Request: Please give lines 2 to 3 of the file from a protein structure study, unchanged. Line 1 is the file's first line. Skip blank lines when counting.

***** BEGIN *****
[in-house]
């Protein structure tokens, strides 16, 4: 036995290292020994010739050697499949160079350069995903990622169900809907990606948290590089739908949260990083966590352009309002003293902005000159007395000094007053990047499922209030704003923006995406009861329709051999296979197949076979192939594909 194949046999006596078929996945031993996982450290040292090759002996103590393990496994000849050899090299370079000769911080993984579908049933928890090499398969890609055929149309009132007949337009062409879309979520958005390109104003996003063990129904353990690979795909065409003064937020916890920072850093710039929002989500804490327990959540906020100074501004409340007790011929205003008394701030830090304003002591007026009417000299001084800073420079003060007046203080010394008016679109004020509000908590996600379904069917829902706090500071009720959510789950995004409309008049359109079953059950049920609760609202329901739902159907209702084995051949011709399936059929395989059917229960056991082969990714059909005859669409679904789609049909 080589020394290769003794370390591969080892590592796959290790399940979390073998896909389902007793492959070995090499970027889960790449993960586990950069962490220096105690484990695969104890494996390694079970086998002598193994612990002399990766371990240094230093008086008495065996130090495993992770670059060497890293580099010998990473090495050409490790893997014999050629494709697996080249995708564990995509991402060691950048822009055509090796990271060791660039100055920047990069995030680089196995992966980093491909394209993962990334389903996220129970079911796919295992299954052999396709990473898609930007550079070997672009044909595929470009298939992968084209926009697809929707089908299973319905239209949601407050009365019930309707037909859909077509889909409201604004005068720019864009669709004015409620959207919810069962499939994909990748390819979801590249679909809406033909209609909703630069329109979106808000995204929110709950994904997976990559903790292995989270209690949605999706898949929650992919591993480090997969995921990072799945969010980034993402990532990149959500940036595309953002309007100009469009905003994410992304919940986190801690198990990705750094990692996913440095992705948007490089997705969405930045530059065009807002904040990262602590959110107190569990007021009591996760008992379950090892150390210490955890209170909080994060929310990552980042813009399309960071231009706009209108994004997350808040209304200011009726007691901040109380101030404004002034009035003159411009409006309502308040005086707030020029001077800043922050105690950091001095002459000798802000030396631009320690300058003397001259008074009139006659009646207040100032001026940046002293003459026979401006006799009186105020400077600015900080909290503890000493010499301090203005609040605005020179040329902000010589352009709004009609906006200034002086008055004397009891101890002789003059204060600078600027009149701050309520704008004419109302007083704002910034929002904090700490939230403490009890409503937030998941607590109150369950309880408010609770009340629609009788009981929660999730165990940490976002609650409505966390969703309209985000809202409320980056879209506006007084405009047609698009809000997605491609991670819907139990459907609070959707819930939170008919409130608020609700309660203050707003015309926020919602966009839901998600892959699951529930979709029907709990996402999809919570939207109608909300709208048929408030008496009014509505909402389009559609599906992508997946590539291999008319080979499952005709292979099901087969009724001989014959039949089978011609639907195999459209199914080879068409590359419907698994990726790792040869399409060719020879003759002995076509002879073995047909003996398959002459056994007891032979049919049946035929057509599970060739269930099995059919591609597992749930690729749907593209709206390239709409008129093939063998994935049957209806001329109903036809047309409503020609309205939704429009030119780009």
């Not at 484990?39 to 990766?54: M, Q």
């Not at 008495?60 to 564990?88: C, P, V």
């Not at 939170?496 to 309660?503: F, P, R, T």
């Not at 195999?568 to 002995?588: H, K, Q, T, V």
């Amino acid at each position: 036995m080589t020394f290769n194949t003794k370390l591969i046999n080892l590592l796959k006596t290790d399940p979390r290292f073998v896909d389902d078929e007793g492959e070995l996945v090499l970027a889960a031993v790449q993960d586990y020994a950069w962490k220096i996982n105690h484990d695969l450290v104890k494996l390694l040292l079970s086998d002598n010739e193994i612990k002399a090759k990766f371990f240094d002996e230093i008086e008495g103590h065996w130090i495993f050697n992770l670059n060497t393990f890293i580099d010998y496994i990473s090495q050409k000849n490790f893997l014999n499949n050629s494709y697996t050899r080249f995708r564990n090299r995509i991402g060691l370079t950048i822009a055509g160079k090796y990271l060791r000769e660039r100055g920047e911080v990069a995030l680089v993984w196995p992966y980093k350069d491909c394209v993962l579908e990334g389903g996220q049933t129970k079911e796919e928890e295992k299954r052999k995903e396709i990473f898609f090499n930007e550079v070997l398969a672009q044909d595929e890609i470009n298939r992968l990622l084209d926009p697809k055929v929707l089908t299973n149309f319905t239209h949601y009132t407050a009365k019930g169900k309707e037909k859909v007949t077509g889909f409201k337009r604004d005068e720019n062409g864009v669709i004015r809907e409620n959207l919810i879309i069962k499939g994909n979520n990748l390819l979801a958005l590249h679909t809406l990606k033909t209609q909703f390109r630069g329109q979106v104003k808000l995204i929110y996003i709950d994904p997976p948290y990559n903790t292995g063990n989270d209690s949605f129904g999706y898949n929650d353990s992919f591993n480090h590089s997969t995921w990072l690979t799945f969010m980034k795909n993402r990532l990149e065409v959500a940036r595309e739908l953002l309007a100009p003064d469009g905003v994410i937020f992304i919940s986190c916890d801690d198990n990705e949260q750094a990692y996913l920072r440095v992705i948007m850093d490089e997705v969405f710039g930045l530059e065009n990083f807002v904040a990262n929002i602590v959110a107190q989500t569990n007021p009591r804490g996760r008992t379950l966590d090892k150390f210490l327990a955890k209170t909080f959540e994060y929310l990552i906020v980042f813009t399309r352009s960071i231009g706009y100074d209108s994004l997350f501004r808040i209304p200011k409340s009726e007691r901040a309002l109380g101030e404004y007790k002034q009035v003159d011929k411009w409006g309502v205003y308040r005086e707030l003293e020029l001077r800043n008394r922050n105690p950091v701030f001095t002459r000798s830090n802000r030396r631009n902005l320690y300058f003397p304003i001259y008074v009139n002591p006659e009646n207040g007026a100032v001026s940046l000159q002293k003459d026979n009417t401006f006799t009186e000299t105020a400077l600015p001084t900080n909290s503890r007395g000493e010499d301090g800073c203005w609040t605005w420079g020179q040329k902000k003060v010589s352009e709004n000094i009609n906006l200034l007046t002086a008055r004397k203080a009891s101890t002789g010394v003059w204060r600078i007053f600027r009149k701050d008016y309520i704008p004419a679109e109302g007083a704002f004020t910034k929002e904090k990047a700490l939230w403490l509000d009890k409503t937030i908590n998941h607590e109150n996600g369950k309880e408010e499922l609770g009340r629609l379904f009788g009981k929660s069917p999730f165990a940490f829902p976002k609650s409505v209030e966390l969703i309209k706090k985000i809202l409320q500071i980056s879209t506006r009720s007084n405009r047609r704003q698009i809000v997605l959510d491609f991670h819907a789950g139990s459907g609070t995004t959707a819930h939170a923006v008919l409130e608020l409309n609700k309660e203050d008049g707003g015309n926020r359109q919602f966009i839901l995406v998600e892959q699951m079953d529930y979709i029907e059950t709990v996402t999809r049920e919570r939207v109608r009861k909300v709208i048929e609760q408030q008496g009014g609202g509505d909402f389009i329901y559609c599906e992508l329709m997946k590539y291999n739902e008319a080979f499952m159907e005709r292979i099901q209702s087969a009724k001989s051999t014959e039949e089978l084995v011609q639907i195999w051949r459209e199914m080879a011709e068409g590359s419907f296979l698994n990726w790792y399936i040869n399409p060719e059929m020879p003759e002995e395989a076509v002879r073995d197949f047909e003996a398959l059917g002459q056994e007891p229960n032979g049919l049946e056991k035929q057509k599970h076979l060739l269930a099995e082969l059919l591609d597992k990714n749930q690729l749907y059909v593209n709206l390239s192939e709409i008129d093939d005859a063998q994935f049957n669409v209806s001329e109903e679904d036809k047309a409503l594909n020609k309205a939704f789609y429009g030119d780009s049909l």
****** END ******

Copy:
């Protein structure tokens, strides 16, 4: 036995290292020994010739050697499949160079350069995903990622169900809907990606948290590089739908949260990083966590352009309002003293902005000159007395000094007053990047499922209030704003923006995406009861329709051999296979197949076979192939594909 194949046999006596078929996945031993996982450290040292090759002996103590393990496994000849050899090299370079000769911080993984579908049933928890090499398969890609055929149309009132007949337009062409879309979520958005390109104003996003063990129904353990690979795909065409003064937020916890920072850093710039929002989500804490327990959540906020100074501004409340007790011929205003008394701030830090304003002591007026009417000299001084800073420079003060007046203080010394008016679109004020509000908590996600379904069917829902706090500071009720959510789950995004409309008049359109079953059950049920609760609202329901739902159907209702084995051949011709399936059929395989059917229960056991082969990714059909005859669409679904789609049909 080589020394290769003794370390591969080892590592796959290790399940979390073998896909389902007793492959070995090499970027889960790449993960586990950069962490220096105690484990695969104890494996390694079970086998002598193994612990002399990766371990240094230093008086008495065996130090495993992770670059060497890293580099010998990473090495050409490790893997014999050629494709697996080249995708564990995509991402060691950048822009055509090796990271060791660039100055920047990069995030680089196995992966980093491909394209993962990334389903996220129970079911796919295992299954052999396709990473898609930007550079070997672009044909595929470009298939992968084209926009697809929707089908299973319905239209949601407050009365019930309707037909859909077509889909409201604004005068720019864009669709004015409620959207919810069962499939994909990748390819979801590249679909809406033909209609909703630069329109979106808000995204929110709950994904997976990559903790292995989270209690949605999706898949929650992919591993480090997969995921990072799945969010980034993402990532990149959500940036595309953002309007100009469009905003994410992304919940986190801690198990990705750094990692996913440095992705948007490089997705969405930045530059065009807002904040990262602590959110107190569990007021009591996760008992379950090892150390210490955890209170909080994060929310990552980042813009399309960071231009706009209108994004997350808040209304200011009726007691901040109380101030404004002034009035003159411009409006309502308040005086707030020029001077800043922050105690950091001095002459000798802000030396631009320690300058003397001259008074009139006659009646207040100032001026940046002293003459026979401006006799009186105020400077600015900080909290503890000493010499301090203005609040605005020179040329902000010589352009709004009609906006200034002086008055004397009891101890002789003059204060600078600027009149701050309520704008004419109302007083704002910034929002904090700490939230403490009890409503937030998941607590109150369950309880408010609770009340629609009788009981929660999730165990940490976002609650409505966390969703309209985000809202409320980056879209506006007084405009047609698009809000997605491609991670819907139990459907609070959707819930939170008919409130608020609700309660203050707003015309926020919602966009839901998600892959699951529930979709029907709990996402999809919570939207109608909300709208048929408030008496009014509505909402389009559609599906992508997946590539291999008319080979499952005709292979099901087969009724001989014959039949089978011609639907195999459209199914080879068409590359419907698994990726790792040869399409060719020879003759002995076509002879073995047909003996398959002459056994007891032979049919049946035929057509599970060739269930099995059919591609597992749930690729749907593209709206390239709409008129093939063998994935049957209806001329109903036809047309409503020609309205939704429009030119780009």
């Not at 484990?39 to 990766?54: M, Q």